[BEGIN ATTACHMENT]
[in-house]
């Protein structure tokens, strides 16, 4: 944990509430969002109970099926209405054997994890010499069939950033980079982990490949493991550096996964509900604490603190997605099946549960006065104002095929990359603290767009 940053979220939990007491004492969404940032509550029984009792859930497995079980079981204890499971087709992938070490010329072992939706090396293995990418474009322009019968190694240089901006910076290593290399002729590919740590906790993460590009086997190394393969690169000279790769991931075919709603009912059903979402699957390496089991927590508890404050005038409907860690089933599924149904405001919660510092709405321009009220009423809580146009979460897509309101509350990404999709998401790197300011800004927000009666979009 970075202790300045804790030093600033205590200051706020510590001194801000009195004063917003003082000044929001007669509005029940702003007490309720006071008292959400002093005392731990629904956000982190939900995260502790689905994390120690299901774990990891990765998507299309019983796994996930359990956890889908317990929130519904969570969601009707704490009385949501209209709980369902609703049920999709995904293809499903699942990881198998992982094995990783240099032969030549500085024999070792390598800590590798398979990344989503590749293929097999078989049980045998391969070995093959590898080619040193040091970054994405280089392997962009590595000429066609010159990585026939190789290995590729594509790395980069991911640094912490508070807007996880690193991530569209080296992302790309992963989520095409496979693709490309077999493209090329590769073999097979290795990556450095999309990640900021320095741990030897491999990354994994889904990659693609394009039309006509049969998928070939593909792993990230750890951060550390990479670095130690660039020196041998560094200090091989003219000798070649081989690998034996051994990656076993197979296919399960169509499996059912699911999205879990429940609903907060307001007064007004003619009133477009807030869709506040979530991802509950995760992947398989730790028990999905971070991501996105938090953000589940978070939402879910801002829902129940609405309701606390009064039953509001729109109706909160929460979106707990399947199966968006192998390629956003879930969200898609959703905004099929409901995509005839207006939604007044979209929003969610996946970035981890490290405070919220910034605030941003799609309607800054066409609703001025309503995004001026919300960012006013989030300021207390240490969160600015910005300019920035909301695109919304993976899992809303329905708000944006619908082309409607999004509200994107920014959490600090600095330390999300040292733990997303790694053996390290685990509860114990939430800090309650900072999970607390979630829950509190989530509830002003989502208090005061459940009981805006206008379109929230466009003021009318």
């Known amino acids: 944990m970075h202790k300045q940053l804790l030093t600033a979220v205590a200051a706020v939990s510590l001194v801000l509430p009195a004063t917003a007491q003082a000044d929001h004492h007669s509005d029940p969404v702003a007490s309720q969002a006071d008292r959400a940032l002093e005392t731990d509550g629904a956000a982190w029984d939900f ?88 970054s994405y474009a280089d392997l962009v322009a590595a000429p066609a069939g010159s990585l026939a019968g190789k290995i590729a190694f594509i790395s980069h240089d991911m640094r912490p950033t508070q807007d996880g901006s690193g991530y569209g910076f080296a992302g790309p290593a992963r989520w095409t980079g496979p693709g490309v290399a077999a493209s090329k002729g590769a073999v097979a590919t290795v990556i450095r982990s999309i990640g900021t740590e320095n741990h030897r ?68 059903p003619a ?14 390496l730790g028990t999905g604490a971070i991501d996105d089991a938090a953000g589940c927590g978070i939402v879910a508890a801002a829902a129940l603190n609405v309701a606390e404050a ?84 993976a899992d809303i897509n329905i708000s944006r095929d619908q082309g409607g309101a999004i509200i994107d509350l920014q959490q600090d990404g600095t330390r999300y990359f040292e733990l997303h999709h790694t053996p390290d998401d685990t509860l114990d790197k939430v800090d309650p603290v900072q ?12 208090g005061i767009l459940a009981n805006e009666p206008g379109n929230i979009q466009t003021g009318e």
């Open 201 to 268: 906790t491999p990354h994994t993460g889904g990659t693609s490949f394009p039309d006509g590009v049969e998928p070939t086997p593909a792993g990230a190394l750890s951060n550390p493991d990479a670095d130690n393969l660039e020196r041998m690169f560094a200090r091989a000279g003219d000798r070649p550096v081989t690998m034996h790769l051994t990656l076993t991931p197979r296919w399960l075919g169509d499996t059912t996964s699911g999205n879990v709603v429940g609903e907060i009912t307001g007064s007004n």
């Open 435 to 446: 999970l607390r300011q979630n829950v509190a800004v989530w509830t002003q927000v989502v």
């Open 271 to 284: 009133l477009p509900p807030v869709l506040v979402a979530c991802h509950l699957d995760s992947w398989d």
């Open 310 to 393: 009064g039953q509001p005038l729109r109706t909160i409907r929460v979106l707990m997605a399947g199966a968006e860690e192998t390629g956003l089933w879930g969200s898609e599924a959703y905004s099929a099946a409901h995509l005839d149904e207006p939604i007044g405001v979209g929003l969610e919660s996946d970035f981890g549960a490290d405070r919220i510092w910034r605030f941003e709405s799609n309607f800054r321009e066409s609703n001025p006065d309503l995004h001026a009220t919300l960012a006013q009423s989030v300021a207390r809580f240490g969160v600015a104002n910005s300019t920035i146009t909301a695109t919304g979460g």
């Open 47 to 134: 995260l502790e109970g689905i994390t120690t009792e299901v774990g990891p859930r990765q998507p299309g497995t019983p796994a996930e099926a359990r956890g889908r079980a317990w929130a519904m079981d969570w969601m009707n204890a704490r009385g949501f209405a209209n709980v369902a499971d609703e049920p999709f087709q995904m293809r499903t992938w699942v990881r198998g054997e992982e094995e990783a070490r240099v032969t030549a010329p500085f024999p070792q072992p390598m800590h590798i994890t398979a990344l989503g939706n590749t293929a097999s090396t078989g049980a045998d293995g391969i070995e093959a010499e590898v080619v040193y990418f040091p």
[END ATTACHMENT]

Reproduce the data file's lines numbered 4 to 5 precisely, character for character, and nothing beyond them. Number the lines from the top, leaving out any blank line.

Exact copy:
């Open 201 to 268: 906790t491999p990354h994994t993460g889904g990659t693609s490949f394009p039309d006509g590009v049969e998928p070939t086997p593909a792993g990230a190394l750890s951060n550390p493991d990479a670095d130690n393969l660039e020196r041998m690169f560094a200090r091989a000279g003219d000798r070649p550096v081989t690998m034996h790769l051994t990656l076993t991931p197979r296919w399960l075919g169509d499996t059912t996964s699911g999205n879990v709603v429940g609903e907060i009912t307001g007064s007004n």
């Open 435 to 446: 999970l607390r300011q979630n829950v509190a800004v989530w509830t002003q927000v989502v």